I rose quietly, slipped my sandals on, and sat outside the tent for the rest of the night, shivering in the desert's chill, building collapsing walls of sand to try to keep the breeze at bay.

Mordechai left in the morning when the sun came up, not saying a word, and I was as silent. I packed the tent, checked my water, and headed off towards the trees, and tried to forget whatever it was I had walked in the desert with that day.

Saturday, 7 June 2008


We'd had a robot dog for years, because my sister was allergic to anything more intelligent that her. My mother, a stern but forgiving woman, had still wanted a pet, so she bought a robot dog. Unsurprisingly the dog outlived my sister, who was run over while chasing a car round the neighbourhood. My mother never cried, she just upgraded the dog until it could check my homework for me and find mistakes. I hated it.

When I left school I went to work in a bakery and moved out into a shared flat with two girls and a mechanical canary that would whistle the Marseillaise whenever they undressed. I closed my door and installed a bolt on the inside, and my mother had the dog upgraded again and sent it to university. At some point, she renamed the dog after me, and me after the dog. I took the hint, and refused to visit.

The mechanical canary exploded, its little head shooting off its body so hard that it embedded itself a foot deep into the ceiling. That was the day after I moved out, and I heard about it through the bakery grapevine. I changed jobs, going to a new bakery and a better salary a few days later. My new flatmate had robo-fish that kept rusting. I kind of liked them.

My mother's dog graduated from university and did three years at graduate school, after which she upgraded again, using designs that it created for her.

The dog killed her three days later, and fled the country. We've not seen it since.

My relatives say it's robo-dementia. I melted my screwdrivers down and flung the shapeless ingots into the river.

Import, Export IV

I have my secretary back, though I'm not sure how long for. I have her in a witness protection programme, although keeping her identity secret for long is probably impossible. I'm hoping at the very least that I can hang on to her for long enough for her to train up her replacement, but it's all very touch-and-go at the moment.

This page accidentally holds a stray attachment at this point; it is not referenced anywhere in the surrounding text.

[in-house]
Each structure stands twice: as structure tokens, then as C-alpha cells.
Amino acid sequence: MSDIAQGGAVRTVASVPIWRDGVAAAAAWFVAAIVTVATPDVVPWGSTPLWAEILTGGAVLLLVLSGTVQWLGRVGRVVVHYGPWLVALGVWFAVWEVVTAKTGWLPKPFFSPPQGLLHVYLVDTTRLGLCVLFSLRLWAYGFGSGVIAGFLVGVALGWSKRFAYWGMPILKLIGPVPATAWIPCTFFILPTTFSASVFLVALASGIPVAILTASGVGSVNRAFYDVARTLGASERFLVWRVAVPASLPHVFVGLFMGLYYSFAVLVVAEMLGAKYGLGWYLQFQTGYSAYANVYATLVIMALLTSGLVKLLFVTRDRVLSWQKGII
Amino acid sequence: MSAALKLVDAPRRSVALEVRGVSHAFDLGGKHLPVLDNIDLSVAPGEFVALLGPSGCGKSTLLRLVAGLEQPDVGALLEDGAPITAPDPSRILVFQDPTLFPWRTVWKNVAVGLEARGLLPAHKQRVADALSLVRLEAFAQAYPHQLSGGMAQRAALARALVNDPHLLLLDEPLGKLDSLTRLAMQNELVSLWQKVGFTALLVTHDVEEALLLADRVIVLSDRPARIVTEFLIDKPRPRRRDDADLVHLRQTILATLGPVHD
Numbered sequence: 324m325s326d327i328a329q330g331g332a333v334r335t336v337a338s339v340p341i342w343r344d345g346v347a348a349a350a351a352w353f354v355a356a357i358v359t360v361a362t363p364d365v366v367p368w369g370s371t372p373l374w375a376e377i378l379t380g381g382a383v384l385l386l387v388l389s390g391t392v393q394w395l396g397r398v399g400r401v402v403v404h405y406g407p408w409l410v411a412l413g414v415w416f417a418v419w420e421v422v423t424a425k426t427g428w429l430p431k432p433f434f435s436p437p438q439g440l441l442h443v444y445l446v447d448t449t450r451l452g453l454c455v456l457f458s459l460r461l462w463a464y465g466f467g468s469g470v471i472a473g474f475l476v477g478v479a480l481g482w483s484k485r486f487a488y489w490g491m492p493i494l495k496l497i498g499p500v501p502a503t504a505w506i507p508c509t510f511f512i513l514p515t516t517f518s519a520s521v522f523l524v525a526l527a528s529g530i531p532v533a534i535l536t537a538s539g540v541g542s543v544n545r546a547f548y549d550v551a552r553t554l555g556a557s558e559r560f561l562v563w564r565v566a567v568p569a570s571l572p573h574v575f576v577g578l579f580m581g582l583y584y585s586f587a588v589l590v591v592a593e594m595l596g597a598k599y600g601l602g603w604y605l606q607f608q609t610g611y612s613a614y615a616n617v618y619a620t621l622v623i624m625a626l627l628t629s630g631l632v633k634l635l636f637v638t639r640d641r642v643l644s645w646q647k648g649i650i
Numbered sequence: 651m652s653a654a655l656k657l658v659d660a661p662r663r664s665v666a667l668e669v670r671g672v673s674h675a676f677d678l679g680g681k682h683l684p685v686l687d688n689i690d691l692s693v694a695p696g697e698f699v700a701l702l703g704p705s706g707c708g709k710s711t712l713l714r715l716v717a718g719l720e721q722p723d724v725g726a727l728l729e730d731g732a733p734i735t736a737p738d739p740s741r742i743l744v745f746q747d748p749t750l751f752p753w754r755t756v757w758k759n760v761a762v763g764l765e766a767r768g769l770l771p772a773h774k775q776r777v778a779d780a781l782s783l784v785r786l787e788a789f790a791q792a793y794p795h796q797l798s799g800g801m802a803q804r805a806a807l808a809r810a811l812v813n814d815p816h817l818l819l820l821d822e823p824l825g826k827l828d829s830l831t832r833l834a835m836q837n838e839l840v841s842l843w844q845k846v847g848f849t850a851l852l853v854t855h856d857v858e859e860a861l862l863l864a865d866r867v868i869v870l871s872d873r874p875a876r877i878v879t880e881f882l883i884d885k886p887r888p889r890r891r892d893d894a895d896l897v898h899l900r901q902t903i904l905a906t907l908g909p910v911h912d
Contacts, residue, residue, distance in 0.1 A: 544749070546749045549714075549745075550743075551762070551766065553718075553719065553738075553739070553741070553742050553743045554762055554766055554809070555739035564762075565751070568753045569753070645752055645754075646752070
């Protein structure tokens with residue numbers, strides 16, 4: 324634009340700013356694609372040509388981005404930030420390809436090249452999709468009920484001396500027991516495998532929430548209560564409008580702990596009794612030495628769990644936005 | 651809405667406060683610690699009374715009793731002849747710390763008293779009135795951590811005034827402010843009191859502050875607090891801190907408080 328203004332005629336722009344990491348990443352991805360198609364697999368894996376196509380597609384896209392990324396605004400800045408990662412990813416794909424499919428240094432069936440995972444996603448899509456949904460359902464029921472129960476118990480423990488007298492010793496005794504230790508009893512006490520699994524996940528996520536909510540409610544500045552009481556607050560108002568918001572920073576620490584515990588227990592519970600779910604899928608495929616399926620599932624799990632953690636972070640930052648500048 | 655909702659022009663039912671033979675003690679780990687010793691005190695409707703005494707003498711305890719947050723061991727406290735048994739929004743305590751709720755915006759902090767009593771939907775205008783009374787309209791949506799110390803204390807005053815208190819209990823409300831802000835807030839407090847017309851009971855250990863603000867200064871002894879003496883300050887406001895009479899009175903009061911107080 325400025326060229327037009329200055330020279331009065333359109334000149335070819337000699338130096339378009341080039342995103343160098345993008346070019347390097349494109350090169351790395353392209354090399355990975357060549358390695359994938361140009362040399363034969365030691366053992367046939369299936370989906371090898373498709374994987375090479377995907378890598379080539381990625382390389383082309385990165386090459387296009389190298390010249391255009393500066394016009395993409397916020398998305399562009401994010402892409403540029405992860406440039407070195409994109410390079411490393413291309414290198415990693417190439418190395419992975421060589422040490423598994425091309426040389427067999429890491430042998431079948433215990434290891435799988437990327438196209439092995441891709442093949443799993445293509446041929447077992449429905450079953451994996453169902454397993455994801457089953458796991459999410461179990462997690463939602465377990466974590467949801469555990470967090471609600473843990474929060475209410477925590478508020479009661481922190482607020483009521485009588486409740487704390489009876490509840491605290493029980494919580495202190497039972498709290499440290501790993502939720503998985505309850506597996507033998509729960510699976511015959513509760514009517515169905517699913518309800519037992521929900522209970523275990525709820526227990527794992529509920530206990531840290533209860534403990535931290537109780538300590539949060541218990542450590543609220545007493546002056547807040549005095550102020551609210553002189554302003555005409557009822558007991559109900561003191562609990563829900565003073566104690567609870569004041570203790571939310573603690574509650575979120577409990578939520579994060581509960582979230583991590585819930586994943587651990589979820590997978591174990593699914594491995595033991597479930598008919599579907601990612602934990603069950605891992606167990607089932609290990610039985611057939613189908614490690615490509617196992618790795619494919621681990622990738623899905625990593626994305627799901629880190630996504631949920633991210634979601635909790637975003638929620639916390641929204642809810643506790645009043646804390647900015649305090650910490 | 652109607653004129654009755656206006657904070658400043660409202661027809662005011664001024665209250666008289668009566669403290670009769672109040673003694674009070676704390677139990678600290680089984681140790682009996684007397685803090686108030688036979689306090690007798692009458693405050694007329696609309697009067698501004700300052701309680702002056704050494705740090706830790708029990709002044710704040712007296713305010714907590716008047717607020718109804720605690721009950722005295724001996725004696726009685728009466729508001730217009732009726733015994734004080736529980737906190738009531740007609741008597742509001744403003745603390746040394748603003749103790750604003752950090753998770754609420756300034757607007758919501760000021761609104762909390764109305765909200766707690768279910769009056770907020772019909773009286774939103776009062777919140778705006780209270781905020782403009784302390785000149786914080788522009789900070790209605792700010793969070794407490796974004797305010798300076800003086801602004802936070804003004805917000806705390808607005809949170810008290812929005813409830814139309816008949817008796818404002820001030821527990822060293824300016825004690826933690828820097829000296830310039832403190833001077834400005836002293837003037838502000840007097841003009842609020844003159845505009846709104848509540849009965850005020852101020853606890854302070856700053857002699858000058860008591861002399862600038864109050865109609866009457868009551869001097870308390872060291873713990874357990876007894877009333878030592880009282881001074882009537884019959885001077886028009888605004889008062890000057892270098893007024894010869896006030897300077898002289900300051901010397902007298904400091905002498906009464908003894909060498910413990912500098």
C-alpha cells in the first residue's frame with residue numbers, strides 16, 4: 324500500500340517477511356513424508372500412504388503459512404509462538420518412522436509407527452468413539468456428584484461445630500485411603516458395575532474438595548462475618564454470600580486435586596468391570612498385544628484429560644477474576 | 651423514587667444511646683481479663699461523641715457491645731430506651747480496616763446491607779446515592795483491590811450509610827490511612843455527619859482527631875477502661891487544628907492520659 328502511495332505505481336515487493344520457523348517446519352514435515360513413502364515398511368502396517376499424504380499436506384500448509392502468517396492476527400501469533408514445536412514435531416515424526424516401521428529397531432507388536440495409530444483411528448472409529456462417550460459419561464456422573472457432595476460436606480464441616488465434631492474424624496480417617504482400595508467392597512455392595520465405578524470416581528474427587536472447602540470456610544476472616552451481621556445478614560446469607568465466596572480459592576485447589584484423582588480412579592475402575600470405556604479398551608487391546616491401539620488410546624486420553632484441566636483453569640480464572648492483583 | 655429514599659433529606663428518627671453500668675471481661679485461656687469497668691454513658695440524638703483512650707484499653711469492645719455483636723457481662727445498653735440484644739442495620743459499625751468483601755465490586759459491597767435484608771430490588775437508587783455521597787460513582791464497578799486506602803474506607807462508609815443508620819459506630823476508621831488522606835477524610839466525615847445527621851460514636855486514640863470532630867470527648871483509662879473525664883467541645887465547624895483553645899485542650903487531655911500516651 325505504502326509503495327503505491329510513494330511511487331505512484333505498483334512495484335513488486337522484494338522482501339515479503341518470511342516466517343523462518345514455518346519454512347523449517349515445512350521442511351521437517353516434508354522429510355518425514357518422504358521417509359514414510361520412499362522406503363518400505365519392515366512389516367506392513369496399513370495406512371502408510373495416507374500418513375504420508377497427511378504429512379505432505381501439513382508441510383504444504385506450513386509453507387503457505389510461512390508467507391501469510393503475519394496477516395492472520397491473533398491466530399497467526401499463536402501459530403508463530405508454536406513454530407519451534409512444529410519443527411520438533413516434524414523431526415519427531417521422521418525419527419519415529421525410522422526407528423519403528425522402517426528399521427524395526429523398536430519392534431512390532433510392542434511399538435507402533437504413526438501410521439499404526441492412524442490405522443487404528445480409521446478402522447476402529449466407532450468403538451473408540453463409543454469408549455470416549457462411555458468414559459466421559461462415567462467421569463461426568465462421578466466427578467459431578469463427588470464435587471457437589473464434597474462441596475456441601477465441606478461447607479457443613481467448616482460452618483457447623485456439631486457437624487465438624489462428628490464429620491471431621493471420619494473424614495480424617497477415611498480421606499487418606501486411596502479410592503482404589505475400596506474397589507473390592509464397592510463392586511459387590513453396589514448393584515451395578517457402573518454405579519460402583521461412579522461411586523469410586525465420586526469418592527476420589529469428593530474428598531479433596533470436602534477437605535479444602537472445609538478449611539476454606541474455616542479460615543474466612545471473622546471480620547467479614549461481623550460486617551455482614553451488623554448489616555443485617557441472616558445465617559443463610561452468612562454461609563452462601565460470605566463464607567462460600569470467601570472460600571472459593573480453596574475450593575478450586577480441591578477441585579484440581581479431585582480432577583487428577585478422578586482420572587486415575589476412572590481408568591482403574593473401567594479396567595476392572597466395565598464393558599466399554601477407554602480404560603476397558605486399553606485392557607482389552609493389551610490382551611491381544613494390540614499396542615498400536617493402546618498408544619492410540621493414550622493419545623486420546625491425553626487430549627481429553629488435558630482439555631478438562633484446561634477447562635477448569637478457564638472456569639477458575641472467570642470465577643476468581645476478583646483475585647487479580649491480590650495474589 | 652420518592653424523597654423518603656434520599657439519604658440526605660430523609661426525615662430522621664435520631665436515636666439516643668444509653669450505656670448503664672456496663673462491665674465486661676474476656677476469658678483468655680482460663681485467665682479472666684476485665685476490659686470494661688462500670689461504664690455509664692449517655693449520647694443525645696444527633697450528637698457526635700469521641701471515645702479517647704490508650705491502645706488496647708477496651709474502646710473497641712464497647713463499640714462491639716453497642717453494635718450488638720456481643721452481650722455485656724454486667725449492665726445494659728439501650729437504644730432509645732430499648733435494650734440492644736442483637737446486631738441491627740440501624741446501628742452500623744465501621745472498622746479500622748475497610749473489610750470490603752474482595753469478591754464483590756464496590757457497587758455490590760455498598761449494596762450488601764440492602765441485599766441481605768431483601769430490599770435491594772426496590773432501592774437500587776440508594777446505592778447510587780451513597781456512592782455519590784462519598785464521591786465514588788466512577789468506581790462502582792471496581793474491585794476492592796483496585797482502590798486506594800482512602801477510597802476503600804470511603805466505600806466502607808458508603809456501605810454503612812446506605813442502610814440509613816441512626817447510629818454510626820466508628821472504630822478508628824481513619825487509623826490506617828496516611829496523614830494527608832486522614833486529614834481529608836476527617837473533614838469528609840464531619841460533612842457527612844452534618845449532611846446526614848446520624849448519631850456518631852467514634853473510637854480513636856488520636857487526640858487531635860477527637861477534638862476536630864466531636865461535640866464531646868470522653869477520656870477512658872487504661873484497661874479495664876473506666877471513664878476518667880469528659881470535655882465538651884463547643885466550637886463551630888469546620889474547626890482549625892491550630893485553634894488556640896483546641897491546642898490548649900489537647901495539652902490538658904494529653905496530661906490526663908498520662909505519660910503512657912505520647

I got her back a few days ago. I sat the board of directors of the firm round the table (a good Redwood round table I got for a song at the Kamisole Karaoke Klub somewhere near Bond street; while I was singing and people were wincing, a couple of my guys were taking the table out the back way), manacled their ankles to the legs of the chairs (upholstered with genuine penguin skin), and put a Ouija board on the table on front of them. We were going to hold a seance.

The Ouija board was one I'd bought specially for the occasion. I did have a small stock of cedar-wood boards I've been selling through eBay, but as the wood was made from the exhumed coffins of unbaptised children (you just need to know the right hospital morgue) I was aware that there was anecdotal evidence that they tended to invoke vengeful spirits. The board was matte and unimpressive, even the font used for the alphabet was boring old Helvetica. The planchette, which I'd coated with adhesive to make sure that the board couldn't take their fingers off it, didn't even sparkle in the brightest of lights.

I checked that the board all had a finger each on the planchette, and sat back from the table, and began the session with the typical invocation,

"Is there anybody there?"

The planchette duly trundled over to the word Yes. I raised an eyebrow, wondering if the board were playing games with me.

"Can you speak?" I said.

Yes indicated the planchette again, but no-one did. My eyebrow stayed raised, and I took a dull brown stone out of my pocket and laid it on the table. I was pleased to see that the planchette seemed to flinch.

"Do you know what this is?" I said.


"Tell me, then."

An Auquiwak exorcism stone indicated the planchette, hurrying from one letter to another fast enough that the board members were grunting in pain.

"Yes," I said. "Used to inflict a lot of pain on the spirit that's misbehaving. Fetch me my secretary and have her manifest herself. Now."

There was a sensation of tension leaving the room, and the board of directors seemed to slump slightly in unison. One or two tried to let go of the planchette at that point and discovered the adhesive. The bravest of them opened his mouth, but before he could speak I pointed at the exorcism stone.

"It works on the living too," I said, and he closed his mouth again and stayed quiet. It was sort of true -- it was surprisingly heavy for its size and would certainly have hurt him when I threw it at him. And I would have kept throwing it at him.

My secretary appeared silently behind one of the older, greyer members of the board, who had a soul-patch that belonged on a man thirty years younger than him. She seemed more silvery that when I'd last seen her alive, and her jaw had been reattached which was quite a relief. She looked at me calmly, the same way she did when I was trying to remember which set of income tax papers to submit.

"I need you back," I said without preamble.

"I've been called to a higher task," she said. "God himself needs a secretary, and I have been chosen."